you should stick as close to the 30-card minimum as you can.
GAME RULES
To do a Booster Draft, you’ll need between four and eight people, and each person will need three
packs. Everyone sits around a table, and then each player opens his or her first booster and sets
aside all Loot™ and UDE Points cards. After that, each player picks a card from the pack to go into
his or her deck and passes the rest of the cards to the player on the left. You repeat this process
for each booster that’s passed to you, taking one card to add to your deck and passing the rest.
Once all the cards from the first set of packs have been drafted, the process is repeated for the
second set of packs, and then the third. Alternate the direction that you pass cards for each set.
Once all the cards have been drafted, you choose your hero—like in Sealed Pack, it can be any hero
available in the sets used at the tournament—and build a 30-card (minimum) deck from the cards
you drafted. The cards that don’t make your Draft deck will become your side deck.
While you’re drafting, in addition to following the guidelines for building a Sealed deck, make sure
you decide early on which hero you’re going to be. You don’t just want to take the best card out of
every pack; you want to take the card that’s going to be the best in your deck, so it’s important to
know what traits you’ll be able to play. You also want to get a healthy mix of card types and card
costs, because no matter how good each of your cards is on its own, you probably won’t win if your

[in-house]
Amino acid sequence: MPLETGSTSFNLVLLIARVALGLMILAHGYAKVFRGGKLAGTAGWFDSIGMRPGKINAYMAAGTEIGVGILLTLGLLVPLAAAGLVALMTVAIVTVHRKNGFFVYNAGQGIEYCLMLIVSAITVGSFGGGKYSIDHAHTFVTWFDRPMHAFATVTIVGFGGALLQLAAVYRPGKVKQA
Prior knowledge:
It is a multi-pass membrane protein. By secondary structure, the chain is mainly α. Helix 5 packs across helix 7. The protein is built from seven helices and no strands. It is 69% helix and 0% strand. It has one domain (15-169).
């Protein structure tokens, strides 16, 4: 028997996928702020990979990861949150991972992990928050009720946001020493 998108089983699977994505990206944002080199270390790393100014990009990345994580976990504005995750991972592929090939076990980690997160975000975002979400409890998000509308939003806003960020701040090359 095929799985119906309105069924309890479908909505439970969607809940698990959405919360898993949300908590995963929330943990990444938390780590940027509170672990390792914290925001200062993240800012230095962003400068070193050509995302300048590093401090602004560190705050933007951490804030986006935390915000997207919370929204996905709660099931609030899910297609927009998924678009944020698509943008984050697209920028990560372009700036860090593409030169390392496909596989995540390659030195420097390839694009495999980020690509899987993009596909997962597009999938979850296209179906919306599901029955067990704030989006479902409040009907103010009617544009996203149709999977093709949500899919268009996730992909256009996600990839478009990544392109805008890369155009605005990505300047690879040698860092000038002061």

deck is made up of eighteen armor cards and only four allies, or if everything in your deck costs 5
or more.
Playing Sealed Pack or Booster Draft is a great way to familiarize yourself with all the cards in a set.
Because you’ve got a limited number of cards to work with, you’ll find yourself playing with (and
playing against) a lot of cards that you might not have considered including in a Constructed deck.
This increases your chances of knowing what tricks your opponents might have put into their decks,
and it also lets you find new cards and combos to put into Constructed decks of your own.
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Glossary
ABILITY: An ability is a type of card. Most abilities go to your graveyard after you play them, but
ongoing abilities enter play.
ACTIVATE: Some payment powers have an activate symbol (
) as part of their
cost. To activate a card, you exhaust it (turn it sideways). An exhausted card can’t
be activated. You can use an ally’s activated powers only if it has been in your party
continuously since the start of your most recent turn. Only allies have this restriction.
You can use the activated powers of any other card type the turn that it enters play.
ALLY TOKEN: Some cards tell you to put an ally token into play. You can use anything to represent
an ally token. An ally token is just like a regular ally while it’s in play, so you can’t attack with it
until it’s been in your party since the start of your most recent turn. An ally token has cost 0 and
can exist only in the play zone—if it moves to another zone, it ceases to exist. Ally tokens don’t go
into your deck or graveyard.
ATK: This is the attack value of a card. A card’s ATK is the number in its lower left